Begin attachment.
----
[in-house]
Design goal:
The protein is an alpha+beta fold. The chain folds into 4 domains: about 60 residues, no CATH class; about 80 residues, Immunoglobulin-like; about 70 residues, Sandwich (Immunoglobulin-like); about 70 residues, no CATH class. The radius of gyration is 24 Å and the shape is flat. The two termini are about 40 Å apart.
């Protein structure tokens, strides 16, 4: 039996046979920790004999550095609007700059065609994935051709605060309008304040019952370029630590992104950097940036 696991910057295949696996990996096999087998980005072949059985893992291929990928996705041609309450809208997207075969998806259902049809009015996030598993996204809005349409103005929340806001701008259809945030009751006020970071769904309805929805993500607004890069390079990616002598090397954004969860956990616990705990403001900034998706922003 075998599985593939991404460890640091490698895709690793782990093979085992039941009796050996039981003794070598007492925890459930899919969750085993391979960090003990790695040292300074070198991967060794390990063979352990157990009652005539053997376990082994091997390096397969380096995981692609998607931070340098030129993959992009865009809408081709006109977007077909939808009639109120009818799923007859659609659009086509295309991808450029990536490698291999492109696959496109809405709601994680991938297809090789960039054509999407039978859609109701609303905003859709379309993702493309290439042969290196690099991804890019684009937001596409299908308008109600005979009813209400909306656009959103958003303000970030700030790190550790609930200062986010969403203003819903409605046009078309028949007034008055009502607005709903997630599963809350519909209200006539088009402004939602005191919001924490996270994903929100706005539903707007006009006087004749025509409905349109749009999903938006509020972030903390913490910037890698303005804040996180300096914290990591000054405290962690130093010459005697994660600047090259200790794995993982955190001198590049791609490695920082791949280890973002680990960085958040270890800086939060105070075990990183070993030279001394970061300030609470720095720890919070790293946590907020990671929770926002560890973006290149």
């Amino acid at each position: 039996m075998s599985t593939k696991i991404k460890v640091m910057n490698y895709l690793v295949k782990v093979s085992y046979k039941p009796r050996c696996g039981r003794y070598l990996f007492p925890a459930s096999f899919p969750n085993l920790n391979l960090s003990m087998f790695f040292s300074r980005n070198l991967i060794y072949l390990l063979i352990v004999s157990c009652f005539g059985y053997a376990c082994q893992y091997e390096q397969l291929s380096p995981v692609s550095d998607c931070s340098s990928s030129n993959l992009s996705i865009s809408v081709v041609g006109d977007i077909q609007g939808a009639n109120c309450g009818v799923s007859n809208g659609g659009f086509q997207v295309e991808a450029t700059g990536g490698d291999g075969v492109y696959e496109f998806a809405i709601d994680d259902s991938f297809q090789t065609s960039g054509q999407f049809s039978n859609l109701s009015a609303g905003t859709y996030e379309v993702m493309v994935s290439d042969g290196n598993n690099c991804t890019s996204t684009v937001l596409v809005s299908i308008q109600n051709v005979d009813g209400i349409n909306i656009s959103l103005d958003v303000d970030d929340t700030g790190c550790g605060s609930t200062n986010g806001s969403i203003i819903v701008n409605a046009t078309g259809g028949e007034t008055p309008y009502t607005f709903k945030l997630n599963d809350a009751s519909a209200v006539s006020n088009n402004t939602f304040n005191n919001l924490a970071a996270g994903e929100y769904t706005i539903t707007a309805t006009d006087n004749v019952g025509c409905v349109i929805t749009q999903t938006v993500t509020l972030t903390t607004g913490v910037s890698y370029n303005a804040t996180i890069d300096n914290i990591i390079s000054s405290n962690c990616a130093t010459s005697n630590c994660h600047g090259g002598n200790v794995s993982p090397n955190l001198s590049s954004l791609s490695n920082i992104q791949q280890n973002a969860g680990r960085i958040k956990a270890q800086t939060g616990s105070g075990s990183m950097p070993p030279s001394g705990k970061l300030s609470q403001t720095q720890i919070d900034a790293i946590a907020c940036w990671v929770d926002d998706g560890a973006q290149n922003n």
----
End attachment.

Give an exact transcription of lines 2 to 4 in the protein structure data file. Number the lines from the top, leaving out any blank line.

Design goal:
The protein is an alpha+beta fold. The chain folds into 4 domains: about 60 residues, no CATH class; about 80 residues, Immunoglobulin-like; about 70 residues, Sandwich (Immunoglobulin-like); about 70 residues, no CATH class. The radius of gyration is 24 Å and the shape is flat. The two termini are about 40 Å apart.
């Protein structure tokens, strides 16, 4: 039996046979920790004999550095609007700059065609994935051709605060309008304040019952370029630590992104950097940036 696991910057295949696996990996096999087998980005072949059985893992291929990928996705041609309450809208997207075969998806259902049809009015996030598993996204809005349409103005929340806001701008259809945030009751006020970071769904309805929805993500607004890069390079990616002598090397954004969860956990616990705990403001900034998706922003 075998599985593939991404460890640091490698895709690793782990093979085992039941009796050996039981003794070598007492925890459930899919969750085993391979960090003990790695040292300074070198991967060794390990063979352990157990009652005539053997376990082994091997390096397969380096995981692609998607931070340098030129993959992009865009809408081709006109977007077909939808009639109120009818799923007859659609659009086509295309991808450029990536490698291999492109696959496109809405709601994680991938297809090789960039054509999407039978859609109701609303905003859709379309993702493309290439042969290196690099991804890019684009937001596409299908308008109600005979009813209400909306656009959103958003303000970030700030790190550790609930200062986010969403203003819903409605046009078309028949007034008055009502607005709903997630599963809350519909209200006539088009402004939602005191919001924490996270994903929100706005539903707007006009006087004749025509409905349109749009999903938006509020972030903390913490910037890698303005804040996180300096914290990591000054405290962690130093010459005697994660600047090259200790794995993982955190001198590049791609490695920082791949280890973002680990960085958040270890800086939060105070075990990183070993030279001394970061300030609470720095720890919070790293946590907020990671929770926002560890973006290149």